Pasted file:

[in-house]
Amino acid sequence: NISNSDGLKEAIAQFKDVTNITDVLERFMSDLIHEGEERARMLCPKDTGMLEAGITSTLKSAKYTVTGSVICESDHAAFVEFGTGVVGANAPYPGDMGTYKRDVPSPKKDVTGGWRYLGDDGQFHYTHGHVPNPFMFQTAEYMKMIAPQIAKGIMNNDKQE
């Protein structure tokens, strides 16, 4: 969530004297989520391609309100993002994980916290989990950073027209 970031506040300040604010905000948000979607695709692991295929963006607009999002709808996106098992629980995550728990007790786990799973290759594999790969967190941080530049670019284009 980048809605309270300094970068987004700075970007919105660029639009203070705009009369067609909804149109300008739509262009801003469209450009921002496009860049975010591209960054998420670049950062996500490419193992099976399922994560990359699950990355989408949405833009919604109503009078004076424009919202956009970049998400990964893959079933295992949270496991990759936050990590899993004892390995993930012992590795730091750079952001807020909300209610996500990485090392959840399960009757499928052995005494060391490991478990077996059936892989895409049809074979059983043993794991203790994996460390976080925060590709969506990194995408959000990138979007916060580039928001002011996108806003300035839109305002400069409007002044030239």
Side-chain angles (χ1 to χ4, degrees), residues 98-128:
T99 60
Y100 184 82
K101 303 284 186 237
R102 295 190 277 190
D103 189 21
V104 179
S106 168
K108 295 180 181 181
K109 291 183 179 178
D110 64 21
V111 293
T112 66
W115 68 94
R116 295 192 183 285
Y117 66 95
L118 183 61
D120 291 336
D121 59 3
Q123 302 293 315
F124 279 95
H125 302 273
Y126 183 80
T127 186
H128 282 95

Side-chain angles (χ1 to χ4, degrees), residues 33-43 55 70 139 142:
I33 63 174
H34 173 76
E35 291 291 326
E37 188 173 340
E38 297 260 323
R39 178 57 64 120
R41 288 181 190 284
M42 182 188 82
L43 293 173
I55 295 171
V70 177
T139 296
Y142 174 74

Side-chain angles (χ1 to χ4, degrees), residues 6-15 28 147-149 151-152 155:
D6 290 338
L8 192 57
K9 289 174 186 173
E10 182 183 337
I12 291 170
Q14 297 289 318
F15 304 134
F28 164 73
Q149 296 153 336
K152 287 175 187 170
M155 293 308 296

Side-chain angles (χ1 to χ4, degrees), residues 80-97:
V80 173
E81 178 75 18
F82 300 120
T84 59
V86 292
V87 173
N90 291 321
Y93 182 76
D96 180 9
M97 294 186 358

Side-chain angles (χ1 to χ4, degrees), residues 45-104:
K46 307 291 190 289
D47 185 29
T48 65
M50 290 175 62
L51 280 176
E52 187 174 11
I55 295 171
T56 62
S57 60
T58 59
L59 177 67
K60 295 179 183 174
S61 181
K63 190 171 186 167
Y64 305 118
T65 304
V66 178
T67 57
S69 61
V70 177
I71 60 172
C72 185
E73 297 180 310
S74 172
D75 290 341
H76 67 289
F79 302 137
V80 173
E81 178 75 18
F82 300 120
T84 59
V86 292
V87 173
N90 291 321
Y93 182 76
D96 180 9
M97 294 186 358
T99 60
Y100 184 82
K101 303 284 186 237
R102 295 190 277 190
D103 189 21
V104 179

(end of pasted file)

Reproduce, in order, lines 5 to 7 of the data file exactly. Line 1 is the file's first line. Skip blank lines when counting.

T99 60
Y100 184 82
K101 303 284 186 237